Organic crop co-existence 'possible'

Jo FulwoodThe West Australian

Wongan Hills farmer Jemma Sadler believes famers who receive a premium for growing special crops, such as organics, should bear the cost of protecting the status of that crop in the long term.

Recently returned from a Nuffield study tour, Ms Sadler investigated the controversial issue of the co-existence of genetically modified, conventional and organic crops.

She said her studies in the United States and Canada demonstrated all three types of farming could co-exist in harmony.

Ms Sadler said since the use of GM canola was now an accepted management tool for WA farmers, it was important to establish strategies to ensure all types of farming techniques could co-exist.

"Every farmer has the right to farm how they want to, and it's important to maintain diverse and dynamic new technology in the industry," she said.

"My international studies have illustrated that farmers that gain a premium for the particular way they farm, should bear the cost of protecting that special status."

Ms Sadler said there was currently a 0.9 per cent tolerance of GM material in conventional crops, but in organic crops, there was a nil tolerance of any GM material whatsoever.

"The Australian organics industry has one of the strictest standards in the world in terms of GM contamination, and yet those same crops have a 5 to 10 per cent tolerance level for potentially dangerous pesticides," she said.

"I believe this has the potential to make organic farmers less competitive on the world market."

Ms Sadler said US and Canadian organic certification was based on processing procedures rather than growing methods.

"Australian organic standards for the GM threshold need to be reviewed," she said.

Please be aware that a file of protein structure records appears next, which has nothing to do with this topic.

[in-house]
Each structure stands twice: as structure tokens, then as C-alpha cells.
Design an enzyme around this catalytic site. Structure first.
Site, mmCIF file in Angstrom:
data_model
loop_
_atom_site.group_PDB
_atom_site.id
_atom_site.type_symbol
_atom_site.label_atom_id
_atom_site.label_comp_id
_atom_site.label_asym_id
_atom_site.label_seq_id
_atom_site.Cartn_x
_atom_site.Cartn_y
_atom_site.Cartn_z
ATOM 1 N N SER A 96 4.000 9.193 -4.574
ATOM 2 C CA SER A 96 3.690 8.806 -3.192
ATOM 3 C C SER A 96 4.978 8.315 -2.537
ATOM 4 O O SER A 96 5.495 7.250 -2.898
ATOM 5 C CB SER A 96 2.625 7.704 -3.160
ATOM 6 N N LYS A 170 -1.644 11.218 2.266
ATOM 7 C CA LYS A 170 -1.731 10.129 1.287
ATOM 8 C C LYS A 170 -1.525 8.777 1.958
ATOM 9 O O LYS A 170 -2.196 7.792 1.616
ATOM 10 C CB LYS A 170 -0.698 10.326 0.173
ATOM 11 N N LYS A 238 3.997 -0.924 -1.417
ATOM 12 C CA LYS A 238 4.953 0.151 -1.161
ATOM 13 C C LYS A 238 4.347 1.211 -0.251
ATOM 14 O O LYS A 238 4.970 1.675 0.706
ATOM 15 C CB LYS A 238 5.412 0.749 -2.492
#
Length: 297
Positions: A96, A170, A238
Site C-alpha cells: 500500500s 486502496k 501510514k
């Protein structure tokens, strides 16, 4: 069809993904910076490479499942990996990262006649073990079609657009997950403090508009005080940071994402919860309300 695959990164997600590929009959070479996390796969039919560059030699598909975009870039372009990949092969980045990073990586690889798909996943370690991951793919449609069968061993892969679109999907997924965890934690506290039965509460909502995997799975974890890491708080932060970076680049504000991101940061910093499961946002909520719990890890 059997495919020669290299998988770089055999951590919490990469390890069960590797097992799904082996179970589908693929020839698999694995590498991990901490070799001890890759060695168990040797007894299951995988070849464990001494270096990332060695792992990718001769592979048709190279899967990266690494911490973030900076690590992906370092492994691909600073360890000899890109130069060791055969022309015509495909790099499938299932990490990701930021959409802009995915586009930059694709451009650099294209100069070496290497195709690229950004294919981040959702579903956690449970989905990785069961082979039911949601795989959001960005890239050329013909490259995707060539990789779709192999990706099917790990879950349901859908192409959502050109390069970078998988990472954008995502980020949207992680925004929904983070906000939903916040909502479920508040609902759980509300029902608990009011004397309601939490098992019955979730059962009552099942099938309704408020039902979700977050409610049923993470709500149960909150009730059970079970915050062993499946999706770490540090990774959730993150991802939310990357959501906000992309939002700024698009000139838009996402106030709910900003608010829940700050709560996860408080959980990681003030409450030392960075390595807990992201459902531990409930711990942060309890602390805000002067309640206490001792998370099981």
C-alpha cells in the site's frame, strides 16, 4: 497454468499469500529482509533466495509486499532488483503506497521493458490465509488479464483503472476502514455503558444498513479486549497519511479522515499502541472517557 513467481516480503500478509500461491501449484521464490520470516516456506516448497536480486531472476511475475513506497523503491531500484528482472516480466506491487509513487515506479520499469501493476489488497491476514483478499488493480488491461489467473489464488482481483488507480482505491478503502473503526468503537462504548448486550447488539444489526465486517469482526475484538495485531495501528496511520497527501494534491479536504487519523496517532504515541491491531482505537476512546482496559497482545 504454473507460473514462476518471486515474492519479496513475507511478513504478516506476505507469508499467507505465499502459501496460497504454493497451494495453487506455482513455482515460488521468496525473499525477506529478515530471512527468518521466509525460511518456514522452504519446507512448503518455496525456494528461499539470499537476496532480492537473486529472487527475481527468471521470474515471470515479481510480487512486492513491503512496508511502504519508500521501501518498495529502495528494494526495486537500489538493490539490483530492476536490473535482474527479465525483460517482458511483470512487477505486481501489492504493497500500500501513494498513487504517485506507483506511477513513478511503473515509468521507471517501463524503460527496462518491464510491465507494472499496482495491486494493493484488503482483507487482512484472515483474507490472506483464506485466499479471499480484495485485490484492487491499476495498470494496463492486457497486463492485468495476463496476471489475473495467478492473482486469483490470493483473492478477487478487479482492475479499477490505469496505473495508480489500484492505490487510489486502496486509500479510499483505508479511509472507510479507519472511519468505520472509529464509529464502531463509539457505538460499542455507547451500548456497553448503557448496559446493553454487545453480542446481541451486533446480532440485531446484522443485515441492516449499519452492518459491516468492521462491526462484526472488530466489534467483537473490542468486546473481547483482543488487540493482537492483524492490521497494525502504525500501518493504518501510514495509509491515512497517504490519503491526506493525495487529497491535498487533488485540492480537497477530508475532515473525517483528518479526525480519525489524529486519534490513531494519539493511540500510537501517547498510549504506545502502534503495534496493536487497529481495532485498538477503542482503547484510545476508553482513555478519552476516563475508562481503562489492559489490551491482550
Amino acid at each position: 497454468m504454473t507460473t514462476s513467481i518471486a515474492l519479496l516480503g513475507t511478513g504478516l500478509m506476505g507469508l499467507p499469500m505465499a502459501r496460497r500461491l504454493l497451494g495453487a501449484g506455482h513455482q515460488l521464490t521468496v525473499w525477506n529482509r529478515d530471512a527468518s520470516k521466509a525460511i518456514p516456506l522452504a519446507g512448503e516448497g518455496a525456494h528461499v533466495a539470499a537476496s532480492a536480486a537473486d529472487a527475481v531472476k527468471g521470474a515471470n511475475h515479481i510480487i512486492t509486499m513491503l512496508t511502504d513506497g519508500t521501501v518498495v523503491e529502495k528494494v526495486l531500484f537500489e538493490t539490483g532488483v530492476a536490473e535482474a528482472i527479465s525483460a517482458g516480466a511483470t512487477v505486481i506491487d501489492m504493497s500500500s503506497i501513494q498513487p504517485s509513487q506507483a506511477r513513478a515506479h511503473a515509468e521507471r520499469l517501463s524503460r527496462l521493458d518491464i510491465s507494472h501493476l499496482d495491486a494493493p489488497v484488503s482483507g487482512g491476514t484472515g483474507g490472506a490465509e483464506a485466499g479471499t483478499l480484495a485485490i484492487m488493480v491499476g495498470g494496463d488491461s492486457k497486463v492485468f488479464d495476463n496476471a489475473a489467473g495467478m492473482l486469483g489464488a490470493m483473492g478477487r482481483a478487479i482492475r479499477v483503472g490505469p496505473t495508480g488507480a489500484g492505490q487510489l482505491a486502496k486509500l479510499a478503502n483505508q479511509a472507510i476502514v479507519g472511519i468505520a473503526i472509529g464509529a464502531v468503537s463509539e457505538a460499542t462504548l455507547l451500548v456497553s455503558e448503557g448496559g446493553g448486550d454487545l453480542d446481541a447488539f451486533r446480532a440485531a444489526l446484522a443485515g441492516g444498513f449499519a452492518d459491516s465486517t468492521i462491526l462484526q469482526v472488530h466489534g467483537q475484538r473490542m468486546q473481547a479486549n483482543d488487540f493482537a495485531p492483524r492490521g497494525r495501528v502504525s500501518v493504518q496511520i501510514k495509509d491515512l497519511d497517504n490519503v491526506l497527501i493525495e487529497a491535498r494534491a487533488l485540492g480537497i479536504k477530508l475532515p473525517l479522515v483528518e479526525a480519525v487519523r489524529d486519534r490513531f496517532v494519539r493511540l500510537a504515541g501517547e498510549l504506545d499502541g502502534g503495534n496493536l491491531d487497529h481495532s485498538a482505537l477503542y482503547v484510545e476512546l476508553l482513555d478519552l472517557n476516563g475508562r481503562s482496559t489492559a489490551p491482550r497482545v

Ms Sadler said her study took her to many counties, with most of her time spent in the US and Canada.

"I saw some excellent examples of co-existence in the US, even within single farming enterprises," she said.

"One grower in North Dakota grew GM sugar beet, and every sugar beet that went to seed had to be removed to ensure that the seed did not contaminate the other crops.

"This farmer also grew non-GM soy beans and both crops co-existed effectively."

She said in Oregon, US, co-existance strategies were successful between horticulture farmers, where it was important to maintain the purity of their seed.

"Buffer zones were critical, and they all mapped the location of their crops through the Department of Agriculture," she said.

But she said the US compensation model, whereby farmers could insure against the presence of GM material in their crops, was costly and did not appear to be effective.

Ms Sadler said while GM technology was an important weed management tool, growers must understand the risks of growing herbicide-tolerant crops.

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